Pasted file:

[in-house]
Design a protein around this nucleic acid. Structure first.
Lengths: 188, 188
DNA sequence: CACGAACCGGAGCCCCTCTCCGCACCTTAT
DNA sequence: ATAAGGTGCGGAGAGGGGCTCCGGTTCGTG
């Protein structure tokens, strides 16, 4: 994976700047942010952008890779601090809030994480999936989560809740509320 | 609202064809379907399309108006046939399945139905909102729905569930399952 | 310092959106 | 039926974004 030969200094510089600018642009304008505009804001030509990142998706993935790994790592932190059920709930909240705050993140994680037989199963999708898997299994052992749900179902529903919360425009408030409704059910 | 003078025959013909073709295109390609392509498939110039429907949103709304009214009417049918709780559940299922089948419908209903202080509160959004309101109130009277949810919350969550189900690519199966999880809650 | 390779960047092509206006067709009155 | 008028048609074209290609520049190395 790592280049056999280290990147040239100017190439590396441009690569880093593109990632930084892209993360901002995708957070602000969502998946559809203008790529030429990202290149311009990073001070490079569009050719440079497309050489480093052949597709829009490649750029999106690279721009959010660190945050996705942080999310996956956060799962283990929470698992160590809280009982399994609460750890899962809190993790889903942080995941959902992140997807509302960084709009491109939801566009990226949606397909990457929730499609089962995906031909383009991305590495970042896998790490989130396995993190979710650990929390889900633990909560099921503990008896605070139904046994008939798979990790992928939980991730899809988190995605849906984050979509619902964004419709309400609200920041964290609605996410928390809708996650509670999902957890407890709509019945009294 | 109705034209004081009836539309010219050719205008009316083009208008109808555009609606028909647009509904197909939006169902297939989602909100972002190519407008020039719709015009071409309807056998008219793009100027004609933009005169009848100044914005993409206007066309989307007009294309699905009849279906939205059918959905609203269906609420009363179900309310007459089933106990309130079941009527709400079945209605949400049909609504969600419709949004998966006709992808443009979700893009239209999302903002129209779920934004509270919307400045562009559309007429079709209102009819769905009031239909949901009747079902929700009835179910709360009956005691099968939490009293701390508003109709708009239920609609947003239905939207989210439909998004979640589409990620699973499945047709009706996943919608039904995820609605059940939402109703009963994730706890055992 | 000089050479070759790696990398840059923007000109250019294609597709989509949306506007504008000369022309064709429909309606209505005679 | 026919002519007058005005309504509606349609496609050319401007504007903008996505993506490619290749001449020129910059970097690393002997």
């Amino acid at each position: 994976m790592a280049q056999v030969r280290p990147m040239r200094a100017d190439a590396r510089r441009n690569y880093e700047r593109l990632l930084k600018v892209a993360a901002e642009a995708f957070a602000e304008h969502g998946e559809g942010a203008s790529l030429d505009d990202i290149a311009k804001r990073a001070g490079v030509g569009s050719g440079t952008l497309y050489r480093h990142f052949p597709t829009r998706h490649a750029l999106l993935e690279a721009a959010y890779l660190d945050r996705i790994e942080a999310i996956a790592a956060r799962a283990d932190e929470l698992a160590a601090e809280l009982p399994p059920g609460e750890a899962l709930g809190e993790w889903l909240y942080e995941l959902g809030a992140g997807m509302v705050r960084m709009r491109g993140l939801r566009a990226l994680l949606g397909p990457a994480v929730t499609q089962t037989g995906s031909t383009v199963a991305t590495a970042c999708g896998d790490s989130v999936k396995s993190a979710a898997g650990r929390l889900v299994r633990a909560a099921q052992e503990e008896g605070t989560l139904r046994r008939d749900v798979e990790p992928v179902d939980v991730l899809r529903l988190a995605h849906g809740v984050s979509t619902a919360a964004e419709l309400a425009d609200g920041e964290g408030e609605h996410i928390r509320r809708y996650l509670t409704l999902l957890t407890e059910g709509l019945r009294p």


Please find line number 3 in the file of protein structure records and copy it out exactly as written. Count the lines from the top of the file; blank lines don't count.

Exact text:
Lengths: 188, 188